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Working With The FDA

It is imperative that all businesses are well-versed in FDA regulations and the steps that can be taken by the agency to enforce compliance with such laws.

If you follow industry developments closely, you probably noticed that U.S. Food and Drug Administration (FDA) warning letters seem to occur as often as product recalls. In fact, the agency sent a staggering 1,720 warning letters in 2011, up from just 673 in 2010. But the trouble is that the process can prove to be an enigma. What triggers a warning letter to be sent? When do you need to respond? When will the letters be made public? And what will cause the media to pay attention?

In this first in a series of articles, we will discuss the general ins and outs of the warning letter process. In subsequent articles, we will discuss best practices for working with FDA inspectors, the most common reasons that companies receive warning letters, how to respond, and what subsequent action can be expected.

According to FDA, warning letters are sent as a way of encouraging companies to voluntarily comply with industry standards and regulatory guidelines. In that regard, they are a way of establishing a public record of the agency’s conversations with members of the industries it regulates.

Generally warning letters are sent following a routine or complaint-triggered inspection. Upon completion of an inspection, investigators may issue Form FDA-483 which documents any deficiencies found at a facility. Company officials will then be able to initially respond either through an exit discussion and/or a formal written response. Agency inspectors will also draft an Establishment Inspection Report (EIR), providing more detail on inspection observations and linking them to any evidence collected from the affected firm’s facility. Once the EIR and Form 483 are reviewed by senior FDA officials, a warning letter may follow. 

The FDA Office of Prescription Drug Promotion (formerly the Division of Drug Marketing Advertising and Communications) and the Center for Drug Evaluation and Research (CDER) are the entities that are primarily responsible for issuing such notices. Should they have concerns about whether the company’s facility complies with regulations and industry standards, it has 15 days from the issue of the EIR to send a warning letter.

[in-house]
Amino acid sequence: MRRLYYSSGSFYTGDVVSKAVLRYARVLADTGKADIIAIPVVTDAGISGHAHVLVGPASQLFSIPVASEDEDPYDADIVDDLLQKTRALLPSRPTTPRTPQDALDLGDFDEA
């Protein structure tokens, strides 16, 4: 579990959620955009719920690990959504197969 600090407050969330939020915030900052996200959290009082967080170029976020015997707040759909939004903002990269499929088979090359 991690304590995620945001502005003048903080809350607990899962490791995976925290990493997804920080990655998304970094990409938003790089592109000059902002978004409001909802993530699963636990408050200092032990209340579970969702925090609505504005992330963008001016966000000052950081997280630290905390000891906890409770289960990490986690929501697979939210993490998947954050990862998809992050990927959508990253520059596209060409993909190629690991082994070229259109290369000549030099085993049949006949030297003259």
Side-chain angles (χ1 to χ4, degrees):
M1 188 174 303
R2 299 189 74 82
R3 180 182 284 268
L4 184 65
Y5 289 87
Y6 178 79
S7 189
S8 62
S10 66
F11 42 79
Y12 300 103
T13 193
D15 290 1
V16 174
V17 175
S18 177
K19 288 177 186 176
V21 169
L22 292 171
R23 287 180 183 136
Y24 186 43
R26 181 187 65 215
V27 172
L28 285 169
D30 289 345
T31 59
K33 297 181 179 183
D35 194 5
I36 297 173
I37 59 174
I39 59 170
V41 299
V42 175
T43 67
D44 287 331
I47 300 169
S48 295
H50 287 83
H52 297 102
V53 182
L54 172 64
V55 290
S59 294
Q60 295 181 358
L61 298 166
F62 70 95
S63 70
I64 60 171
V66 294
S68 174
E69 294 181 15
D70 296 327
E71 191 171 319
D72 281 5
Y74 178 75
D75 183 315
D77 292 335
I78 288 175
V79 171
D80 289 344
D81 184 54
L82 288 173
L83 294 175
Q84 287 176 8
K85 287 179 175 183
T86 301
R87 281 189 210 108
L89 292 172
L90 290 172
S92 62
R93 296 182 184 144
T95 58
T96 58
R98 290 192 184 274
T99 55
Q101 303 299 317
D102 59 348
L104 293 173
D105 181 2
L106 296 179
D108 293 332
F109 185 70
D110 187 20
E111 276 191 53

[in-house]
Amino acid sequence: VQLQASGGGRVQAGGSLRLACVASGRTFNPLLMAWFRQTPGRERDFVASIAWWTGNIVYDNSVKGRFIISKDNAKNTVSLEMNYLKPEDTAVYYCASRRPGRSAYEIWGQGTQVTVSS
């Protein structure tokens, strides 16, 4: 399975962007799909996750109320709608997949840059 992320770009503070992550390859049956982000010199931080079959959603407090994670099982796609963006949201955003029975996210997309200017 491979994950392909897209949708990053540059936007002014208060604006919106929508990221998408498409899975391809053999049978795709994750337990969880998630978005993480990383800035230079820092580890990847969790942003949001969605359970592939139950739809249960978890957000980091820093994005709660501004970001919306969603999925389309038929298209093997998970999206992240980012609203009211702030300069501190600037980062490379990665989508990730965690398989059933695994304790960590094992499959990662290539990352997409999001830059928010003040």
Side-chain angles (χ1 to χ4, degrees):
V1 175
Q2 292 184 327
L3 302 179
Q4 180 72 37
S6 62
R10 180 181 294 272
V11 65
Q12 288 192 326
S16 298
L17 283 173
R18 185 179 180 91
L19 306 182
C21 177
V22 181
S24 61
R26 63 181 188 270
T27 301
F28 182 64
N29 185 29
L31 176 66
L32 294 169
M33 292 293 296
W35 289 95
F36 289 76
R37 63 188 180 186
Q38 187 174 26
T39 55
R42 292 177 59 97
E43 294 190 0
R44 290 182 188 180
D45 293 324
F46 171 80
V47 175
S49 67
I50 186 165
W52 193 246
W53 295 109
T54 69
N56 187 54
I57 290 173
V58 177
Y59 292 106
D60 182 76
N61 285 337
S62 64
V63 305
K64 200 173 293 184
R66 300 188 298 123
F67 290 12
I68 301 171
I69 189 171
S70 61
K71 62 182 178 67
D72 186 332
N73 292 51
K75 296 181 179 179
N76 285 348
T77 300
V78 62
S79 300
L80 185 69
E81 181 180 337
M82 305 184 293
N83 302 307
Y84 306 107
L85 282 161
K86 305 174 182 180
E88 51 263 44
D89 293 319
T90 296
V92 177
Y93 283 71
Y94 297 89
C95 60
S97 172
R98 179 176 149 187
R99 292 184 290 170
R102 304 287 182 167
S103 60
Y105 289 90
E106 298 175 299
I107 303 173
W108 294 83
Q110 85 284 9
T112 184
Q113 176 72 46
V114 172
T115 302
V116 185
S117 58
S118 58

As a matter of procedure, this type of issuance is addressed and delivered to the highest known individual at the organization being targeted.

Firms then have 15 days to respond and to begin taking action to resolve any issues outlined in the warning letter. Otherwise, the company may face regulatory actions including seizure, injunction, and civil money penalties.

It is important to note that a warning letter is in no way a prerequisite for enforcement action. While companies, the media and even the general public typically view warning letters as just that — a letter warning of possible future enforcement – the agency can take immediate action against companies if it decides the punishment fits the crime. According to FDA, these instances include:

  1. When the violation reflects a history of repeated or continual conduct.
  2. When the violation is intentional or flagrant.
  3. When the violations are intentional and willful acts with outcomes that cannot be reversed.
  4. When the violation presents a reasonable possibility of injury or death.
  5. When violations have not been corrected, or are continuing.

It is imperative that all businesses are well-versed in FDA regulations and the steps that can be taken by the agency to enforce compliance with such laws. Understanding these types of processes will only prove beneficial to companies should a warning letter, or other enforcement papers, appear in the mail. Our next article will delve into what firms can expect from FDA inspections and how to effectively prepare for such occurrences. After all, it is this type of on-site visit that will lead FDA to decide on what future actions, if any, need to be taken to ensure regulatory compliance by a firm.

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